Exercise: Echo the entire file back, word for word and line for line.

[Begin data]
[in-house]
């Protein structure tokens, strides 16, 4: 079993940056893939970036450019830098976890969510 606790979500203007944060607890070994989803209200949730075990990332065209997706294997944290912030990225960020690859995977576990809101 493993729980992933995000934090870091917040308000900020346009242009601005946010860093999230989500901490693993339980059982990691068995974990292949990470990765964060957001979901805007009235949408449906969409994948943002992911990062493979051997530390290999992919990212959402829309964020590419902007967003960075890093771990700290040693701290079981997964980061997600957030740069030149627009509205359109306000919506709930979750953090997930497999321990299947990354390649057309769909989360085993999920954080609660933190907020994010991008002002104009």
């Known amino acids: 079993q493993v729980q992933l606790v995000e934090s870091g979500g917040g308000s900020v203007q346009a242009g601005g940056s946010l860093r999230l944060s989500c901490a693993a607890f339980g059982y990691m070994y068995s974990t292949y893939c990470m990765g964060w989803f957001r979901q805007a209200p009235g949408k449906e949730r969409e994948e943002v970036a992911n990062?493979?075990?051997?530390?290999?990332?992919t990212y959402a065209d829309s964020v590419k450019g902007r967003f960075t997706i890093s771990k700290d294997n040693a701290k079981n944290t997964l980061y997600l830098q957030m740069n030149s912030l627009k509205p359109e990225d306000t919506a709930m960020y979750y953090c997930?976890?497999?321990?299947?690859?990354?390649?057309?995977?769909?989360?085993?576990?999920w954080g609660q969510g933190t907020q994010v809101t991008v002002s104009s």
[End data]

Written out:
[in-house]
């Protein structure tokens, strides 16, 4: 079993940056893939970036450019830098976890969510 606790979500203007944060607890070994989803209200949730075990990332065209997706294997944290912030990225960020690859995977576990809101 493993729980992933995000934090870091917040308000900020346009242009601005946010860093999230989500901490693993339980059982990691068995974990292949990470990765964060957001979901805007009235949408449906969409994948943002992911990062493979051997530390290999992919990212959402829309964020590419902007967003960075890093771990700290040693701290079981997964980061997600957030740069030149627009509205359109306000919506709930979750953090997930497999321990299947990354390649057309769909989360085993999920954080609660933190907020994010991008002002104009």
């Known amino acids: 079993q493993v729980q992933l606790v995000e934090s870091g979500g917040g308000s900020v203007q346009a242009g601005g940056s946010l860093r999230l944060s989500c901490a693993a607890f339980g059982y990691m070994y068995s974990t292949y893939c990470m990765g964060w989803f957001r979901q805007a209200p009235g949408k449906e949730r969409e994948e943002v970036a992911n990062?493979?075990?051997?530390?290999?990332?992919t990212y959402a065209d829309s964020v590419k450019g902007r967003f960075t997706i890093s771990k700290d294997n040693a701290k079981n944290t997964l980061y997600l830098q957030m740069n030149s912030l627009k509205p359109e990225d306000t919506a709930m960020y979750y953090c997930?976890?497999?321990?299947?690859?990354?390649?057309?995977?769909?989360?085993?576990?999920w954080g609660q969510g933190t907020q994010v809101t991008v002002s104009s």